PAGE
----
[list]
<td>[loop-code]</td>
[loop-alternate 3]</tr><tr>[/loop-alternate]
[/list]
[on-match]
</tr>
</table>
[/on-match]
[no-match]
No match, sorry.
[/no-match]
[/loop]
]]></programlisting>
The above is a hundred times faster than anything you can build with
multiple &tag-calc; tags.
</para>
</sect4>
<sect4>
<title>Use [PREFIX-calc] instead of [calc] or [perl]</title>
<para>
Using <code>[<replaceable>PREFIX</replaceable>-calc]</code>, you
can execute the same code as with &tag-calc;, but with two benefits:
you will not trigger &glos-ITL; parsing, and the code will be
executed <emphasis>during</emphasis> the loop instead of
after it.
</para><para>
The <code>[<replaceable>PREFIX</replaceable>-calc]</code> object
has complete access to all normal embedded &PERL; objects like
<varname>$Values</varname>, <varname>$Carts</varname>,
<varname>$Tag</varname>, and such. If you want to access data tables
from within the loop (such as <database>products</database> or
<database>pricing</database>), just call the following
<emphasis>above</emphasis> the loop:
<programlisting><![CDATA[
[perl tables="products pricing" /]
]]></programlisting>
<!--
<programlisting><![CDATA[
[loop search="ra=yes"]
[loop-calc]
$desc = $Tag->data('products', 'description', '[loop-code]');
$link = $Tag->page('[loop-code]');
return "$link $desc </A>";
[/loop-calc] <br>
[/loop]
]]></programlisting>
-->
</para>
</sect4>
<sect4>
<title>ADVANCED: Precompile and execute</title>
<para>
For repetitive routines, you can achieve a considerable savings
in CPU by pre-compiling your embedded &PERL; code. The precompilation
can occur either once at &glos-catalog; configuration time,
or once at time of list execution.
</para><para>
When you compile routines at the time of the list execution
(using <code>[item-sub <replaceable>NAME</replaceable>] <replaceable> ... CODE ...</replaceable> [/item-sub]</code>), only one
<classname>Safe</classname> evaluation will be done, and every
time the <code>[loop-exec <replaceable>NAME</replaceable>]</code>
is called, it will be a direct call to the routine. This can be
10 times or more faster than separate &tag-calc; calls, or 5 times
faster than separate
<code>[<replaceable>PREFIX</replaceable>-calc</code> calls. Here's
an example:
<programlisting><![CDATA[
[benchmark start=1]
loop-calc:
<!--
[loop search="st=db/fi=country/ra=yes/ml=1000"]
[loop-calc]
my $code = q{[loop-code]};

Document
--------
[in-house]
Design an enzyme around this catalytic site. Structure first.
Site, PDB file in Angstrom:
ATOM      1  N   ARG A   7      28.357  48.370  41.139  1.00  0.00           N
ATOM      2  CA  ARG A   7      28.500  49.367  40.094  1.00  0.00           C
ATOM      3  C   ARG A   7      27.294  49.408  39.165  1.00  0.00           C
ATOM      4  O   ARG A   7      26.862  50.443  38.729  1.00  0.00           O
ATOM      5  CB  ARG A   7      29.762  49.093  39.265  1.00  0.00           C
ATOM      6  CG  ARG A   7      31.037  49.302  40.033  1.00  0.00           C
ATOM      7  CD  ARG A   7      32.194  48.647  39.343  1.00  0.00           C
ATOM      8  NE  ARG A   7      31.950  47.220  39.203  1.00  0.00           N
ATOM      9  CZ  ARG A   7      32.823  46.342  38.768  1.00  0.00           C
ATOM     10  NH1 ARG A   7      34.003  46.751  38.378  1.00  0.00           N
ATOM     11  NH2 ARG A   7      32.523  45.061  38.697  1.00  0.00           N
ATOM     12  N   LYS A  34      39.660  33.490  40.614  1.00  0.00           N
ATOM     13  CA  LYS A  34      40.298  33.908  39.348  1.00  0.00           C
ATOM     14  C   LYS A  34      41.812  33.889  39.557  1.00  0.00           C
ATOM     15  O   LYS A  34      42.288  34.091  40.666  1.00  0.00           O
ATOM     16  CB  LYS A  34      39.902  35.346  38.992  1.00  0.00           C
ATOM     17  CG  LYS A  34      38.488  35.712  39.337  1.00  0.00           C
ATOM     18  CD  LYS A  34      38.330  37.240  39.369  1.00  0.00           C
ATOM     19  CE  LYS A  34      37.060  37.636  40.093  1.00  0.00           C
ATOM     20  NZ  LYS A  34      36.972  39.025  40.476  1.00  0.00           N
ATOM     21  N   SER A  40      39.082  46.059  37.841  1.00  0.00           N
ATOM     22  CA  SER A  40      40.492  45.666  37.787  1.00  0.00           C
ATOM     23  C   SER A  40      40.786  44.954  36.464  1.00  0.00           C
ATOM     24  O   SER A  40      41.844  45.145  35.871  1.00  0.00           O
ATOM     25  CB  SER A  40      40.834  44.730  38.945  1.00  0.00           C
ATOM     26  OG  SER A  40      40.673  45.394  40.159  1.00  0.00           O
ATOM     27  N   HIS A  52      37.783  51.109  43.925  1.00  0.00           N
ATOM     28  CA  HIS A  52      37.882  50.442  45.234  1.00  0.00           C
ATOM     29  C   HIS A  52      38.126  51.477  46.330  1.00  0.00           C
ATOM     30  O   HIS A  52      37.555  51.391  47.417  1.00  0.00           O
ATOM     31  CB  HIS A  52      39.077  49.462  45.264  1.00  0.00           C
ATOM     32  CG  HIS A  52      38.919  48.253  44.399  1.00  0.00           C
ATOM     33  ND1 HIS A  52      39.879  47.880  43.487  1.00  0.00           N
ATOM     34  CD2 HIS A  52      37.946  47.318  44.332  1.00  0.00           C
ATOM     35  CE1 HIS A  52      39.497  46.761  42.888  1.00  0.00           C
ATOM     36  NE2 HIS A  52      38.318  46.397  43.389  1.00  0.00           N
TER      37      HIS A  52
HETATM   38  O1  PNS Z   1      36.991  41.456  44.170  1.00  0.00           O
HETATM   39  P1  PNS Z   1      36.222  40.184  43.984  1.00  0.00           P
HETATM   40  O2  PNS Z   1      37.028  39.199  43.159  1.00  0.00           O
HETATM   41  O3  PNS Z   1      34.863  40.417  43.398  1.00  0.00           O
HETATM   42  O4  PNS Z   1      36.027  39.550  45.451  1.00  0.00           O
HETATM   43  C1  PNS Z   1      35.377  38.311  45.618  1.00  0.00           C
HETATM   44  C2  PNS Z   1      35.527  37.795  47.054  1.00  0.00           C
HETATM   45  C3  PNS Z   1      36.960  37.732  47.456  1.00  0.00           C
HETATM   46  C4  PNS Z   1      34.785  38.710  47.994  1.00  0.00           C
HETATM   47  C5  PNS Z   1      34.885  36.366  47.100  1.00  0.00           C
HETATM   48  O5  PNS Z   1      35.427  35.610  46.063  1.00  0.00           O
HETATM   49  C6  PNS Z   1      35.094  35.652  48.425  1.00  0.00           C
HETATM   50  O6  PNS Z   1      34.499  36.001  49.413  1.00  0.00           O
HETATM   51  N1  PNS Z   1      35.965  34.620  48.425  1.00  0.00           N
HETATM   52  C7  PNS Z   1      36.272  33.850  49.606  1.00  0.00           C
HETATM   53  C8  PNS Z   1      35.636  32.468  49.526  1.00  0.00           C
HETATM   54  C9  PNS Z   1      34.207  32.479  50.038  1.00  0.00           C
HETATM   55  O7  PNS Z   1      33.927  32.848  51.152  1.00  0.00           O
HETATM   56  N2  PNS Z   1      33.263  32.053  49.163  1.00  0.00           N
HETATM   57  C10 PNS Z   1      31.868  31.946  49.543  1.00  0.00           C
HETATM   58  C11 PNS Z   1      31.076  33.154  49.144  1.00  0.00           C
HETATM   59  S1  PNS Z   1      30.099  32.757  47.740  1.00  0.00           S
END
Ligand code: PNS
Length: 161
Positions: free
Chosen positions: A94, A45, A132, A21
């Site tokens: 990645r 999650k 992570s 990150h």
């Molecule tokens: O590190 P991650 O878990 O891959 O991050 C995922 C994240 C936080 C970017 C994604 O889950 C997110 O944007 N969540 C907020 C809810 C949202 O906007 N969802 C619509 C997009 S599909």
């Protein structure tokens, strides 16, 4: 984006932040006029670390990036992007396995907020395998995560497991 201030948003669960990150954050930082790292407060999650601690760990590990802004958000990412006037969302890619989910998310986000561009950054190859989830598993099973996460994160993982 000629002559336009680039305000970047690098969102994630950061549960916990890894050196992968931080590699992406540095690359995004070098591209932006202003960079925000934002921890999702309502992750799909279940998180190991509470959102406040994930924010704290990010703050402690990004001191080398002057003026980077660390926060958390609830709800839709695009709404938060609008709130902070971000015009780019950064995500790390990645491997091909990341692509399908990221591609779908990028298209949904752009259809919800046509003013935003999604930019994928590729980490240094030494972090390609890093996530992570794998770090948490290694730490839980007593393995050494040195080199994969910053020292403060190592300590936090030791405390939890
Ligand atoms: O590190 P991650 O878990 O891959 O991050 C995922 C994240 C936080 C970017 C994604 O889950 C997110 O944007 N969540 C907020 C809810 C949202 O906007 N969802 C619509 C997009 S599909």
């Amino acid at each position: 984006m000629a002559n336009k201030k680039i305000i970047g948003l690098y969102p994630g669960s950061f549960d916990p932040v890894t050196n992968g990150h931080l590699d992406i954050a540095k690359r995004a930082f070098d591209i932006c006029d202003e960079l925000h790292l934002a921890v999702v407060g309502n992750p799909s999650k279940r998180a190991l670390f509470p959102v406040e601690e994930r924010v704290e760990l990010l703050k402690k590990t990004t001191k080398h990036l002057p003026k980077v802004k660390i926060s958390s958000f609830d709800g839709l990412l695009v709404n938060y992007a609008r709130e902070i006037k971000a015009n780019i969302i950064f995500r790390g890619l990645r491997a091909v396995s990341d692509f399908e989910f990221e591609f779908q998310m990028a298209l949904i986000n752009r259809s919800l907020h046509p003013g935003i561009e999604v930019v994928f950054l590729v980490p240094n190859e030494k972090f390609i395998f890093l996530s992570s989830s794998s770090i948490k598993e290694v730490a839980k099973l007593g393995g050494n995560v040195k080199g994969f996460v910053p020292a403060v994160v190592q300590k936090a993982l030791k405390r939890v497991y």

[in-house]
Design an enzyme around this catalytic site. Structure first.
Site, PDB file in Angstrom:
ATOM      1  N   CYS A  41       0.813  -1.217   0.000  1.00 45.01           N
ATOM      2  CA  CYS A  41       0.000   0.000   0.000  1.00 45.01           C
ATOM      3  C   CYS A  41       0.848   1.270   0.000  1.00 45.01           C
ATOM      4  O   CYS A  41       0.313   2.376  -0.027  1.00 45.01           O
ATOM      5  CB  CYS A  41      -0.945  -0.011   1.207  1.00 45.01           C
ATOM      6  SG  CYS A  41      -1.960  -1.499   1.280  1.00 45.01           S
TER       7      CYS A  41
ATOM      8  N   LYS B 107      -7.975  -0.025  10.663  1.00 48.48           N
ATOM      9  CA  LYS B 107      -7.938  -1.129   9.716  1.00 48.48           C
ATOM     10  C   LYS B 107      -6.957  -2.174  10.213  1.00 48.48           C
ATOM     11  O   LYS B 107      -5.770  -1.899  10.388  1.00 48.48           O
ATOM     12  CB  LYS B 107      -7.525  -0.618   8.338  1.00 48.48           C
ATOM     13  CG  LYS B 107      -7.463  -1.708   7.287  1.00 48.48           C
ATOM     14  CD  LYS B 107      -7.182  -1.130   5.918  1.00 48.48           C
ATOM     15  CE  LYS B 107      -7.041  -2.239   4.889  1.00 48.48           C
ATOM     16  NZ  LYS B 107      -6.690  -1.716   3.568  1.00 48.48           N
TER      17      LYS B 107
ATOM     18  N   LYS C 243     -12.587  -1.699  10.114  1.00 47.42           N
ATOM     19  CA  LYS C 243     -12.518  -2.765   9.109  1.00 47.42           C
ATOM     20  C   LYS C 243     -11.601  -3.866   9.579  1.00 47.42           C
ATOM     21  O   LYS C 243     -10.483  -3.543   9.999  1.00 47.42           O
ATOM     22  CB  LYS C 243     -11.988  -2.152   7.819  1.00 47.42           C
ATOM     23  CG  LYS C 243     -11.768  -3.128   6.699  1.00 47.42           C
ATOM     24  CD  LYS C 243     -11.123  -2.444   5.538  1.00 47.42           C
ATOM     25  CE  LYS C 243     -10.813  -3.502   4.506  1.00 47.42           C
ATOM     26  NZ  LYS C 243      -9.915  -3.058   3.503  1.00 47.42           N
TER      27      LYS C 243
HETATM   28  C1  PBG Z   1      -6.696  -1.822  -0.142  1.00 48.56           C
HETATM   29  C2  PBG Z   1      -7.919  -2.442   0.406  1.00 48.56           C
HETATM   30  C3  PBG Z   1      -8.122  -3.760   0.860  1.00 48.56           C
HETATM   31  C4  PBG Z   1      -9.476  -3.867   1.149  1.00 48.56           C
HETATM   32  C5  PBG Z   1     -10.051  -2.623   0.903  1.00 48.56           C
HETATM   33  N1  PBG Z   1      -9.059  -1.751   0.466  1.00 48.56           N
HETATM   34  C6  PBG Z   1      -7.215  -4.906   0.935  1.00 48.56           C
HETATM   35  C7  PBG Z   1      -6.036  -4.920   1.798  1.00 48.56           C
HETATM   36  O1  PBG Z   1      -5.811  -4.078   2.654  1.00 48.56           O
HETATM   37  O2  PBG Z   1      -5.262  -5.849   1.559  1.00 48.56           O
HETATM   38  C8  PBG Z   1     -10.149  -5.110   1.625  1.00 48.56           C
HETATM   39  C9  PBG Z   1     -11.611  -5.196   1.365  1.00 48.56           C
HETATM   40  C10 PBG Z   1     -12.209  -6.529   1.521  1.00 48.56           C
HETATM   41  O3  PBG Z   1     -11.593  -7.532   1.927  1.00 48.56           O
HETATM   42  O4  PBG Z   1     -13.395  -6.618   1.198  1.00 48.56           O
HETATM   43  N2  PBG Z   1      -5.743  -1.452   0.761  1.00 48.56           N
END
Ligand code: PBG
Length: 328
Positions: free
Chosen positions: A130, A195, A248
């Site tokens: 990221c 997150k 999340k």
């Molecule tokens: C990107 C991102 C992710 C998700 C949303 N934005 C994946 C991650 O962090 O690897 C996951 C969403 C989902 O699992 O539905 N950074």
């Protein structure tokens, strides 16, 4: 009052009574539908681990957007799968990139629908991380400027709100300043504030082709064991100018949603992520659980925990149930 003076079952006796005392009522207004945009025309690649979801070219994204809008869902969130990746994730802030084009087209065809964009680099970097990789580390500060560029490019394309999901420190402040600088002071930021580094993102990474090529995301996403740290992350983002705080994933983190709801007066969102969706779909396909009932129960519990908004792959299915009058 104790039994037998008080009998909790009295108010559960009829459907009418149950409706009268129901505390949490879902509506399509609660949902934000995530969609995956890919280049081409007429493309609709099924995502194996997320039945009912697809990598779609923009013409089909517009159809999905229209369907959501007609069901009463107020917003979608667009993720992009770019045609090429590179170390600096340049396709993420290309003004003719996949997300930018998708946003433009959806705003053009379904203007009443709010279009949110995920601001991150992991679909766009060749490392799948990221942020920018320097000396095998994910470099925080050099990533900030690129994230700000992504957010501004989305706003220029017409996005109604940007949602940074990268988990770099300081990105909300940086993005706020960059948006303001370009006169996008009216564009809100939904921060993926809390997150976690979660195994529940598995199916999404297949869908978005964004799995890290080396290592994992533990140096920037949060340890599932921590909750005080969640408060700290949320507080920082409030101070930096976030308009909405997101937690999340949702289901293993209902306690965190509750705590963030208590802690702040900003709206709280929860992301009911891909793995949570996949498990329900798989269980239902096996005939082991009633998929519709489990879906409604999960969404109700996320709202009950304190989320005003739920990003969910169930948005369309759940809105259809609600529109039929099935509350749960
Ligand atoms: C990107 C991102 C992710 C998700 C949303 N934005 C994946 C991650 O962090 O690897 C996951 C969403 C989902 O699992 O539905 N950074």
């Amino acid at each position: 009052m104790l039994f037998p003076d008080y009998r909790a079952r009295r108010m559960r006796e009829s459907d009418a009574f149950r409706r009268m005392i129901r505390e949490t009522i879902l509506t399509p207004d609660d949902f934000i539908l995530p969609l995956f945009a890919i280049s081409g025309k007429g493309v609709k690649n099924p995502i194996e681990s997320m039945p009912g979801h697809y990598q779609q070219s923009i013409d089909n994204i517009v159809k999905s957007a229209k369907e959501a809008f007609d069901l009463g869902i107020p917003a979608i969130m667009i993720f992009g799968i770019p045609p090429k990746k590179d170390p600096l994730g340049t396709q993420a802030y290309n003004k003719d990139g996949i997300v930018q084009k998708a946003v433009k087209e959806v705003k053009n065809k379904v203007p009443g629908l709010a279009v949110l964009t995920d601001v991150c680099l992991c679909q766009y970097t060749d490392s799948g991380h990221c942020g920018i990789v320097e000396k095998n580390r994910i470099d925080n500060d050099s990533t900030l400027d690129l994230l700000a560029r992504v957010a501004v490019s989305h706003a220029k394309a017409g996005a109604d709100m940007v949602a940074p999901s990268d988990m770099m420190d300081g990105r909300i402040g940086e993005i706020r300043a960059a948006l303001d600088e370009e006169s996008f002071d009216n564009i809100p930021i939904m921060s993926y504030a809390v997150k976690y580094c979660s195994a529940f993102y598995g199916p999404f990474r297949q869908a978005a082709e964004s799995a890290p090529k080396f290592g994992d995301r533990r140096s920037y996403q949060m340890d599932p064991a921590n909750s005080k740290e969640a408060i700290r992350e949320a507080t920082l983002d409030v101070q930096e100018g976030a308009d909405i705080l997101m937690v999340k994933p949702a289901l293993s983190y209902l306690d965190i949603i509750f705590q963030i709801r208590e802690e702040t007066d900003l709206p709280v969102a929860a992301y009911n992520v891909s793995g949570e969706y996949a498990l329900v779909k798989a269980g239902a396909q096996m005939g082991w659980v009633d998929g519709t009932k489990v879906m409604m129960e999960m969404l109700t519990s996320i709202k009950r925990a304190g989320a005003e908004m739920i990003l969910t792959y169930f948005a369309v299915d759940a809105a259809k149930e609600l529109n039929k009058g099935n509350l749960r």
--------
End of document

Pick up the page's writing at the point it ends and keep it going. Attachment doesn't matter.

return "code '$code' reversed is " . reverse($code);
[/loop-calc]
[/loop]
-->
[benchmark]
<p>
[benchmark start=1]
loop-sub and loop-exec:
<!--
[loop search="st=db/fi=country/ra=yes/ml=1000"]
[loop-sub country_compare]
my $code = shift;
return "code '$code' reversed is " . reverse($code);
[/loop-sub]
[loop-exec country_compare][loop-code][/loop-exec]
[/loop]
-->
[benchmark]
]]></programlisting>
</para>
</sect4>
<sect4>
<title>ADVANCED: Execute and save with [query ...]</title>
<para>
You can run <code>[query arrayref=<replaceable>KEYNAME</replaceable> sql="<replaceable>... SQL ...</replaceable>"]</code>, which saves the
results of the search/query in a &PERL; reference. It is then
available in
<varname>$Tmp->{<replaceable>KEYNAME</replaceable>}</varname>.
</para><para>
This is the fastest possible method to display a list. Observe:
<programlisting><![CDATA[
[set waiting_for]os28004[/set]
[benchmark start=1] Query plus embedded Perl
<!--
[query arrayref=myref sql="select sku,price,description from products" /]
[perl]
# Get the query results, has multiple fields
my $ary = $Tmp->{myref};
my $out = '';
foreach $line (@$ary) {
my ($sku, $price, $desc) = @$line;
if($sku eq $Scratch->{waiting_for}) {
$out .= "We were waiting for this one!!!!\n";
}
$out .= "sku: $sku price: $price description: $desc\n";
}
return $out;
[/perl]
-->
TIME: [benchmark]
<p>
[benchmark start=1] Just query
<!--
[query list=1 sql="select sku,price,description from products"]
[if scratch waiting_for eq '[sql-code]']
We were waiting for this one!!!!
[/if]
sku: [sql-code]
price: [sql-param price]
desc: [sql-param description]
[/query]
-->
TIME: [benchmark]
]]></programlisting>
</para>
</sect4>
</sect3>
<sect3>
<title>Take advantage of "implicit" TRUE and FALSE values</title>
<para>
Consider these two snippets:
<programlisting><![CDATA[
[if scratch KEY]
... do something ...
[/if]
]]></programlisting>
and:
<programlisting><![CDATA[
[if scratch KEY == '1']
... do something ...
[/if]
]]></programlisting>
The first variant does not require &PERL; evaluation. It simply checks
to see if the value is blank or <literal>0</literal>, and assumes
TRUE if it is anything but.
</para><para>
Of course, this requires your code to return blank or value
<literal>0</literal> for FALSE results (instead of say,
"<literal>No</literal>" or " "), but then we can talk about a
20-35% speed-up.
</para><para>
Here's a sample program to time the results:
<programlisting><![CDATA[
Overhead:
[benchmark start=1]
<!--
[loop search="ra=yes"]
[set cert][loop-field gift_cert][/set]
[/loop]
-->
[benchmark]
<p>
"if scratch cert":
[benchmark start=1]
<!--
[loop search="ra=yes"]
[set cert][loop-field gift_cert][/set]
[loop-code] [if scratch cert] YES [else] NO [/else][/if]
[loop-code] [if scratch cert] YES [else] NO [/else][/if]
[loop-code] [if scratch cert] YES [else] NO [/else][/if]
[loop-code] [if scratch cert] YES [else] NO [/else][/if]
[loop-code] [if scratch cert] YES [else] NO [/else][/if]
[/loop]
-->
[benchmark]
<p>
"if scratch cert == 1":
[benchmark start=1]
<!--
[loop search="ra=yes"]
[set cert][loop-field gift_cert][/set]
[loop-code] [if scratch cert == 1] YES [else] NO [/else][/if]
[loop-code] [if scratch cert == 1] YES [else] NO [/else][/if]
[loop-code] [if scratch cert == 1] YES [else] NO [/else][/if]
[loop-code] [if scratch cert == 1] YES [else] NO [/else][/if]
[loop-code] [if scratch cert == 1] YES [else] NO [/else][/if]
[/loop]
-->
[benchmark]
<p>
[page @@MV_PAGE@@]Run again</a>
]]></programlisting>
</para>
</sect3>
<sect3>
<title>Interpolation and reparsing</title>
<para>
Avoid <literal>interpolate=1</literal> and
<literal>reparse=1</literal> whenever possible. A separate tag parser
must be spawned every time you do this. Many times people use this
without needing it.
</para>
</sect3>
<sect3>
<title>Session variables</title>
<para>
Avoid saving large values to &glos-scratch; space, as these will be
written to the users session. If you need them only for the current
page, use &tag-tmpn; and &tag-tmp; instead of &tag-set; and &tag-seti;
(temporary variables are automatically deleted at the end of current
page processing - before the user's session is saved).
</para><para>
You can also retrieve values using <code>[scratchd <replaceable>VARIABLE_NAME</replaceable>]</code>
to return the contents and delete them from the session at the same
time.
</para>
</sect3>
</sect2>
</sect1>
</article>